Now, specifically, finally, to P3 schools. The logic – and I’m taking a lot of liberties with this term – the logic of P3 schools is that they are financed and built by the private sector, which reduces the short-term call on public treasuries. School boards and/ or the province then “lease” the public use of the privately-owned school building for a specified period, from 20 to 35 years, and agree to buy the building and property from the owners outright at the end of the lease period. P3 schools are also called “lease-back” schools, a term apparently seen by P3 advocates as less sinister, and more familiar to people who may, for example, lease their SUV’s, even though most financial planners will tell you that no matter how good the lease, you’re probably better off to buy your vehicle in the first place.

So, let’s imagine that you have a modest vehicle, but it needs repairs. You’re short of cash, so you go to the bank to take out a small loan in order to get it fixed. The bank manager says, sorry, if you want a car that works, these are the rules. You may not repair, you may not buy, you may only lease. You cannot lease a small sedan, it has to be a brand new SUV. Don’t worry, says the bank manager, in the long run it will be cheaper, and you’ll really like that SUV feeling. Vroom vroom.

So you sign on the dotted line, although you’ll only be told the amount of the payments later. Then you discover that the lease only allows you to use the vehicle certain hours of certain days of certain months, and lets somebody else drive it the rest of the time, even though you are still paying the full amount of the lease, and you’re paying for the gas. Then you discover that the lease requires you to pick up hitchhikers whether you like them or not. The wheels fall off your brand new SUV just as you leave the dealership, and the transmission seizes, but the fine print says that the dealer has absolutely no responsibility for shoddy manufacturing or repairs. When you do the math, you find out that you will be paying 90 per cent of the cost of a brand new SUV through leasing fees, but at the end of the lease, you will still be required to buy it all over again. Your neighbour needs a new car, and realizes what a terrible deal you got. But when she goes to the dealership, ready to pay the full purchase price up front, she discovers that the government had passed legislation making it impossible to acquire a car except through leasing. Strangely, the price of leases has gone up dramatically, and SUV dealers are looking very, very happy.

Well, substitute Nova Scotia’s P3 schools for SUV’s, and you have the story of that province’s experiment with the compulsory privatization of school construction. The most extensive Canadian experiment with P3 schools – 30-odd schools – has been carried out in Nova Scotia, although New Brunswick, Prince Edward Island and Alberta have also dabbled in P3 or “leaseback” schools, and they are common in the United States. Despite their well-documented reputation as one of the shoddiest and wasteful examples of government-driven privatization, I agree with you, that there is every likelihood that the B.C. government is plotting to “P3” on your public education system.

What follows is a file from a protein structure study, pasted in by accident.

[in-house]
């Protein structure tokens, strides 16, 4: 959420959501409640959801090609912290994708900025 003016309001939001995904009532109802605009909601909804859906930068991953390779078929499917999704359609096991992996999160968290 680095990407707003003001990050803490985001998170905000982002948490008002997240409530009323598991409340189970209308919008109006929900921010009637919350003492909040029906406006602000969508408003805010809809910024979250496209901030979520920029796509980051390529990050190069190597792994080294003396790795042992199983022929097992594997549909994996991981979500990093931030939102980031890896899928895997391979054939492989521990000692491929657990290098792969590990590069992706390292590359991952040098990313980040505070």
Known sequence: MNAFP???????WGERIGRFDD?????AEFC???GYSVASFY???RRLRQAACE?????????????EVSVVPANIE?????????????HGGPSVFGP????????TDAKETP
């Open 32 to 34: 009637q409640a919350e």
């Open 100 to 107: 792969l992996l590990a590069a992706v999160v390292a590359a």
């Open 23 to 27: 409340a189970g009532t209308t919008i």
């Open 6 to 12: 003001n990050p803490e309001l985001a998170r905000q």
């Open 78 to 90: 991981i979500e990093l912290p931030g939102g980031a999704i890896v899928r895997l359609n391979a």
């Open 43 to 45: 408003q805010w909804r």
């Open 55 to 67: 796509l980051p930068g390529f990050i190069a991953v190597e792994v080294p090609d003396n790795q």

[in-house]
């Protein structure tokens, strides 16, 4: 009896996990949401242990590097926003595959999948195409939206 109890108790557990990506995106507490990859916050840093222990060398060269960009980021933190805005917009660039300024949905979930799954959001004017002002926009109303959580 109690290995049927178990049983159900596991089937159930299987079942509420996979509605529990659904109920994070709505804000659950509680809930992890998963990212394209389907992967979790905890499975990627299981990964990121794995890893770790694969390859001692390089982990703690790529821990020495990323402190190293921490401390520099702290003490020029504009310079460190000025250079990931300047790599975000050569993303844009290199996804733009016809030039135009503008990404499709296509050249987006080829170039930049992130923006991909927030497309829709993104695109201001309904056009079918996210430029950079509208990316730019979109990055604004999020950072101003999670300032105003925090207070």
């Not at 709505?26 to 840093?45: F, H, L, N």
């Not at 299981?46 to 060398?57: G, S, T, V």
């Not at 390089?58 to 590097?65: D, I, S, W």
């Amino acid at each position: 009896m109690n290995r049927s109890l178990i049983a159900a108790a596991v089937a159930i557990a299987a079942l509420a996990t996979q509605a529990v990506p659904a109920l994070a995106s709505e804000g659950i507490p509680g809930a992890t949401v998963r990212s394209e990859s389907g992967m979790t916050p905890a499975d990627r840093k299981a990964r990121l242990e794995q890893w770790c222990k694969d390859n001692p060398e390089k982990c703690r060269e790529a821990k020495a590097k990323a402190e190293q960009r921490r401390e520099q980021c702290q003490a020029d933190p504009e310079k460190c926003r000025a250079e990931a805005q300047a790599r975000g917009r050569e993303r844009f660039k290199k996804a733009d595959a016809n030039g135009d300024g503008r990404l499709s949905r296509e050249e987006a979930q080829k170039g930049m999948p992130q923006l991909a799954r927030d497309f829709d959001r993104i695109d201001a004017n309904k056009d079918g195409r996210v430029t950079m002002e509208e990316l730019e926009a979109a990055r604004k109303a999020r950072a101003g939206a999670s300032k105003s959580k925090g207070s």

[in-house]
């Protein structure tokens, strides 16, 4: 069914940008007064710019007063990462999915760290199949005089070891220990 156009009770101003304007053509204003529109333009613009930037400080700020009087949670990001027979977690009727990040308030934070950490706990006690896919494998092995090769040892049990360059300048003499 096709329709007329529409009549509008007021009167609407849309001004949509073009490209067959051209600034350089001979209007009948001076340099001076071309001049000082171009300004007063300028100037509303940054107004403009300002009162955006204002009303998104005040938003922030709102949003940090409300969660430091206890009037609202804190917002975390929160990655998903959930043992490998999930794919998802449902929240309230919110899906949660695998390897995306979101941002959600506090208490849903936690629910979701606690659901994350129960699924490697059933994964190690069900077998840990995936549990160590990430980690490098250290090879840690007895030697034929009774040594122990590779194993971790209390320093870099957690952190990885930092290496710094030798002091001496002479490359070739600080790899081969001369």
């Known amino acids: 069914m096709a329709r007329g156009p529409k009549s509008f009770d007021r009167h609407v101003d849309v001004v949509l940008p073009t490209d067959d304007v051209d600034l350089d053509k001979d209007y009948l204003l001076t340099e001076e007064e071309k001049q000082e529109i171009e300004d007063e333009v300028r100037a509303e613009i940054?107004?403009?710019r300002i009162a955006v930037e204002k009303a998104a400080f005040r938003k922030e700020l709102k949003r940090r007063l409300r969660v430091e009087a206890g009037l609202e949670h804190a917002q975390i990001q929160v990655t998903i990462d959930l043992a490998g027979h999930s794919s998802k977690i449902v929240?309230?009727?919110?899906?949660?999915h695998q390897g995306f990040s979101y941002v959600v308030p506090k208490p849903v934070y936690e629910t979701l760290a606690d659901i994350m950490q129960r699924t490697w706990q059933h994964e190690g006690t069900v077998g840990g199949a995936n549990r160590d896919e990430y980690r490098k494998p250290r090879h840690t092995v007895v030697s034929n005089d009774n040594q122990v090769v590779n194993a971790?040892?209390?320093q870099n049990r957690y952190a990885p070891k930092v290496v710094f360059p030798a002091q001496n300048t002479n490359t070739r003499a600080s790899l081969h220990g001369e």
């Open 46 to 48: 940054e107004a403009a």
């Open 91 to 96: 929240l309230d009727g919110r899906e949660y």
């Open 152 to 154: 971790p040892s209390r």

So in fighting to avoid this awful and expensive possibility, you have an advantage that Nova Scotian’s didn’t enjoy. You have their P3 history, beginning in 1994, a story that documents what happens when a province buys into P3 schools in a big way. The P3 “experiment” in Nova Scotia crashed and burned by 2000, but their harmful legacy, for kids and communities, as well as for the provincial budget, will continue for decades to come.

Learning from History

It is particularly useful to evaluate the kind of resistance Nova Scotia’s P3 opponents used, and to think about what would be most effective, strategically, in British Columbia. Reading the situation from some distance, it appears that the Nova Scotia government’s scheme failed not so much because the public considered P3 schools to be a bad idea per se, but because it became known that there was some Enronesque accounting going on. Nova Scotia’s provincial auditor testified that in his opinion, the motive behind the government’s P3 school initiatives was entirely political; the government wanted the cost of building new schools taken off the province’s books in order to reduce the appearance of the size of the provincial deficit.

Added to that were other improprieties that some called scandals: Decisions about where to build new schools turned on who owned the land, not where the school should be situated to best serve its community. Land flips between developers were common, and some high-profile government supporters were implicated in them. It took a while, but for many Nova Scotians, the penny finally dropped when they figured out that by the time the public had paid the schools’ corporate owners the lease costs over 20 years, and then still had to buy back the schools, the deal could be considered a partnership only in the way that you’re a “partner” with your bank if you had paid off your house mortgage in full after twenty years, and then had to buy it from the bank all over again.